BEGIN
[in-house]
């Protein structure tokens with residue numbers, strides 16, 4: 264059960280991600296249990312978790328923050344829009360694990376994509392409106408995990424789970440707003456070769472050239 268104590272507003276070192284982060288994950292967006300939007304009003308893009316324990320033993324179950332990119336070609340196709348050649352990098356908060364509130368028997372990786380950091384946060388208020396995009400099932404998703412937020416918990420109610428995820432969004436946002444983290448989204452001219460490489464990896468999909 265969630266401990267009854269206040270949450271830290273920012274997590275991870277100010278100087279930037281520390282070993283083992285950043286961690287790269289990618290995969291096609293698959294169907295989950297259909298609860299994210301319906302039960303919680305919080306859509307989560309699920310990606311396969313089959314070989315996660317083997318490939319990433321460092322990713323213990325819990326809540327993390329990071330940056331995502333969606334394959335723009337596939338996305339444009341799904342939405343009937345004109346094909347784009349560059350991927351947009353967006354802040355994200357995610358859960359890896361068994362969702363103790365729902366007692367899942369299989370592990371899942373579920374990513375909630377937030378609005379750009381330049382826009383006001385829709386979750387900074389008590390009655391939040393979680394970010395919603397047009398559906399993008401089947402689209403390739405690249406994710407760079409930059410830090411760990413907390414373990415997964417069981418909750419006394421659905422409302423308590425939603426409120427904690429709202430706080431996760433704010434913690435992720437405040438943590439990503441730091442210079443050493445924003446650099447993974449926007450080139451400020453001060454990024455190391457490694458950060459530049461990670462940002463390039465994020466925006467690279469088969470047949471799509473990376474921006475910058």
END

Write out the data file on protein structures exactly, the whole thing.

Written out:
[in-house]
């Protein structure tokens with residue numbers, strides 16, 4: 264059960280991600296249990312978790328923050344829009360694990376994509392409106408995990424789970440707003456070769472050239 268104590272507003276070192284982060288994950292967006300939007304009003308893009316324990320033993324179950332990119336070609340196709348050649352990098356908060364509130368028997372990786380950091384946060388208020396995009400099932404998703412937020416918990420109610428995820432969004436946002444983290448989204452001219460490489464990896468999909 265969630266401990267009854269206040270949450271830290273920012274997590275991870277100010278100087279930037281520390282070993283083992285950043286961690287790269289990618290995969291096609293698959294169907295989950297259909298609860299994210301319906302039960303919680305919080306859509307989560309699920310990606311396969313089959314070989315996660317083997318490939319990433321460092322990713323213990325819990326809540327993390329990071330940056331995502333969606334394959335723009337596939338996305339444009341799904342939405343009937345004109346094909347784009349560059350991927351947009353967006354802040355994200357995610358859960359890896361068994362969702363103790365729902366007692367899942369299989370592990371899942373579920374990513375909630377937030378609005379750009381330049382826009383006001385829709386979750387900074389008590390009655391939040393979680394970010395919603397047009398559906399993008401089947402689209403390739405690249406994710407760079409930059410830090411760990413907390414373990415997964417069981418909750419006394421659905422409302423308590425939603426409120427904690429709202430706080431996760433704010434913690435992720437405040438943590439990503441730091442210079443050493445924003446650099447993974449926007450080139451400020453001060454990024455190391457490694458950060459530049461990670462940002463390039465994020466925006467690279469088969470047949471799509473990376474921006475910058």